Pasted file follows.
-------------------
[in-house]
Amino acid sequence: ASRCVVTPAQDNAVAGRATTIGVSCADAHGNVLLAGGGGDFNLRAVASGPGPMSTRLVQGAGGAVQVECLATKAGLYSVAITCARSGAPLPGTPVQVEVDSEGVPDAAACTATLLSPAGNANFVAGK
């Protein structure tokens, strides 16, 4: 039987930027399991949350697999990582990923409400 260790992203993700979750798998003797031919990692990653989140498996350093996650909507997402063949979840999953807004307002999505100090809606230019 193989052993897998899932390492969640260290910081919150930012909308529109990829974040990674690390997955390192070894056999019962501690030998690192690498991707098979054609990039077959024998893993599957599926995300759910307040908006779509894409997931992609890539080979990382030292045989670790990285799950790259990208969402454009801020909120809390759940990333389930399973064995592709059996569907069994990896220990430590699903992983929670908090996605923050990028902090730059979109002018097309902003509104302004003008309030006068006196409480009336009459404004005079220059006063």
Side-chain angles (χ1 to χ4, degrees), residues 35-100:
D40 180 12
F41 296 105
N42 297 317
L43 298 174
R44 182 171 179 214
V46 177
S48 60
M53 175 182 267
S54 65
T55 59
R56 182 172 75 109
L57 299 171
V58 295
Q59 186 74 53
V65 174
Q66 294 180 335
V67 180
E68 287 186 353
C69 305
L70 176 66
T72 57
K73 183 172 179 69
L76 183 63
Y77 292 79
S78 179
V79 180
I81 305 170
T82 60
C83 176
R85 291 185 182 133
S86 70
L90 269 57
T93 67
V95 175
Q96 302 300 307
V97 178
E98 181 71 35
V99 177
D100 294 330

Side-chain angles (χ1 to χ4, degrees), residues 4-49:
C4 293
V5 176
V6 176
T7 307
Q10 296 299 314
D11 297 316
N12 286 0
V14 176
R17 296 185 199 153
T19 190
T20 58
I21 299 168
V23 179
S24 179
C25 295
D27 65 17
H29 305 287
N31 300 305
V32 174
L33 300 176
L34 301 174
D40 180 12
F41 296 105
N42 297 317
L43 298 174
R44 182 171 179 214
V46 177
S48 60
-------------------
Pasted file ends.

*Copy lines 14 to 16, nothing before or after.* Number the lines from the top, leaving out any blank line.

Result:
T55 59
R56 182 172 75 109
L57 299 171